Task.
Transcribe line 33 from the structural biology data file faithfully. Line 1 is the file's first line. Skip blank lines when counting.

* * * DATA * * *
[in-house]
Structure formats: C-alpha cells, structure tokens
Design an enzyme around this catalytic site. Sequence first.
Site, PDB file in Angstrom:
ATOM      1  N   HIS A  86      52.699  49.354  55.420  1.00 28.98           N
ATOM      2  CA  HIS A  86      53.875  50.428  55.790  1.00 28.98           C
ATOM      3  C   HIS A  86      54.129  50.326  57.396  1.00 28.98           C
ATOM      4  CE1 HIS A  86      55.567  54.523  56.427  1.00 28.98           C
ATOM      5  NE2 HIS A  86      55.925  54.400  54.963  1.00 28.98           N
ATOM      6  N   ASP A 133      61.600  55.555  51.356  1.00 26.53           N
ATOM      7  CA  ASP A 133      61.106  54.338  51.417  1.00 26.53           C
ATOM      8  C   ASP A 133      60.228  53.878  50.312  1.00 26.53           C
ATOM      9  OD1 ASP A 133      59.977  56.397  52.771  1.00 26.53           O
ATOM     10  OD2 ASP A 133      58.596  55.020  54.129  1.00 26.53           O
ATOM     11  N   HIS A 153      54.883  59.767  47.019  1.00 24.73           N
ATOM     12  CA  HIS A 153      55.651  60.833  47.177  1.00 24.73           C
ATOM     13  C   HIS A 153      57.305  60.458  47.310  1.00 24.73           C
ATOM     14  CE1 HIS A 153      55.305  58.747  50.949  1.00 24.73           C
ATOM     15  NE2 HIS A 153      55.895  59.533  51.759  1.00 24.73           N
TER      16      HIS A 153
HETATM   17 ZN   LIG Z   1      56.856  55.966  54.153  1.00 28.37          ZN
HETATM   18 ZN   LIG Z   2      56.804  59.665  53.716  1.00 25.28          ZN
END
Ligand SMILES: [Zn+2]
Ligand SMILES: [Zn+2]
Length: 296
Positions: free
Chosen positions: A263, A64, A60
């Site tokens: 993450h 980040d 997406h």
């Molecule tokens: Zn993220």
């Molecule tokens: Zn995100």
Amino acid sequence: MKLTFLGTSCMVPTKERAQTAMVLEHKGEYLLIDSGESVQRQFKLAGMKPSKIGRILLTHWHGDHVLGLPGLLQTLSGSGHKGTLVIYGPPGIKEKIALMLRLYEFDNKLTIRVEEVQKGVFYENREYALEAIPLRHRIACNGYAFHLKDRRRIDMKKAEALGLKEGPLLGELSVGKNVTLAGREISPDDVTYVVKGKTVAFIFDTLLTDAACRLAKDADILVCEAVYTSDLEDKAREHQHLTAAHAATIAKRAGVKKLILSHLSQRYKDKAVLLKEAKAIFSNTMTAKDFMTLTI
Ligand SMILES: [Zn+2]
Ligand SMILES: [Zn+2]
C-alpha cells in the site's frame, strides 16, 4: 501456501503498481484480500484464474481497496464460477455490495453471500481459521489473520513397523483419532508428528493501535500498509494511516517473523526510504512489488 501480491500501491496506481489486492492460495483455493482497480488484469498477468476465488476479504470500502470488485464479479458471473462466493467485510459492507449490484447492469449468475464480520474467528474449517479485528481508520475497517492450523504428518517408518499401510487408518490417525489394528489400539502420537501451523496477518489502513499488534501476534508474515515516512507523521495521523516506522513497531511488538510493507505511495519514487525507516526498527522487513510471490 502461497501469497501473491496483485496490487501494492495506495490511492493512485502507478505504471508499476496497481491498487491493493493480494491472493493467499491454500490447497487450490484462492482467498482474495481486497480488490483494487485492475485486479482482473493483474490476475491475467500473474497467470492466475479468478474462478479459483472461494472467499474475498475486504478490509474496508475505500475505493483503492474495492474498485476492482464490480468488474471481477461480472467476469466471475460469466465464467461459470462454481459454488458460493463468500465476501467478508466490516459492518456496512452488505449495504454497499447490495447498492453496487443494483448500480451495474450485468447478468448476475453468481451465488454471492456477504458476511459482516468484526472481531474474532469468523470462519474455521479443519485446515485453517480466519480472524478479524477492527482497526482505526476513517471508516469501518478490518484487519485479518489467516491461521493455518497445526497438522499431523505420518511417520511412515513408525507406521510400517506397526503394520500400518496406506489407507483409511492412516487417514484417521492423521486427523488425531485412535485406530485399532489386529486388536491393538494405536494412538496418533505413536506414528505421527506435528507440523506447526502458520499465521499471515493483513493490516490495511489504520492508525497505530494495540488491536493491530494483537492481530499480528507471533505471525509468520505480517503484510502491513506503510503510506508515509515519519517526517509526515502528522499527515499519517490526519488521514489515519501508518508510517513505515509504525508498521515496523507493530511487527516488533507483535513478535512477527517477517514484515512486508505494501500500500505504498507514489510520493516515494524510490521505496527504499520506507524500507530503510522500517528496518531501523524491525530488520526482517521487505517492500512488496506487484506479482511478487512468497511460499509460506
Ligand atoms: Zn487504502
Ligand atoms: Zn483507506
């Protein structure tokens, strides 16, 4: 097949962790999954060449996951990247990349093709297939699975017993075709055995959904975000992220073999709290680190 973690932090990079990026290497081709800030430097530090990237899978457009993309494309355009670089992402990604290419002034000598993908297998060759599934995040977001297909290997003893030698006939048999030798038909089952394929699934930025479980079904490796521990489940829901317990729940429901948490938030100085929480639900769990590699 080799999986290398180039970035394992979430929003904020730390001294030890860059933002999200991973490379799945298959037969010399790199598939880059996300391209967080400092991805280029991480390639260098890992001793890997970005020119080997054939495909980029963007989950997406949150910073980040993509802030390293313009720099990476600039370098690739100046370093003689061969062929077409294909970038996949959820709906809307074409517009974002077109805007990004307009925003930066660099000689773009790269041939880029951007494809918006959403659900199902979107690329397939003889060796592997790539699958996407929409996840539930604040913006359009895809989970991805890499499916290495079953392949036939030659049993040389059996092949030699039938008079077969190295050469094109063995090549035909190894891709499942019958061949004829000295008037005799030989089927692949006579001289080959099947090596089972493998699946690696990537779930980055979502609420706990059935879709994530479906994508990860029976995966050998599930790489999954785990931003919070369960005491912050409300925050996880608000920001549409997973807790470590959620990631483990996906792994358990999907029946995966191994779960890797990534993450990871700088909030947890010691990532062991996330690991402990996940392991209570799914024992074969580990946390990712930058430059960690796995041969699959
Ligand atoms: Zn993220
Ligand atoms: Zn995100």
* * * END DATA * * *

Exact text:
Ligand SMILES: [Zn+2]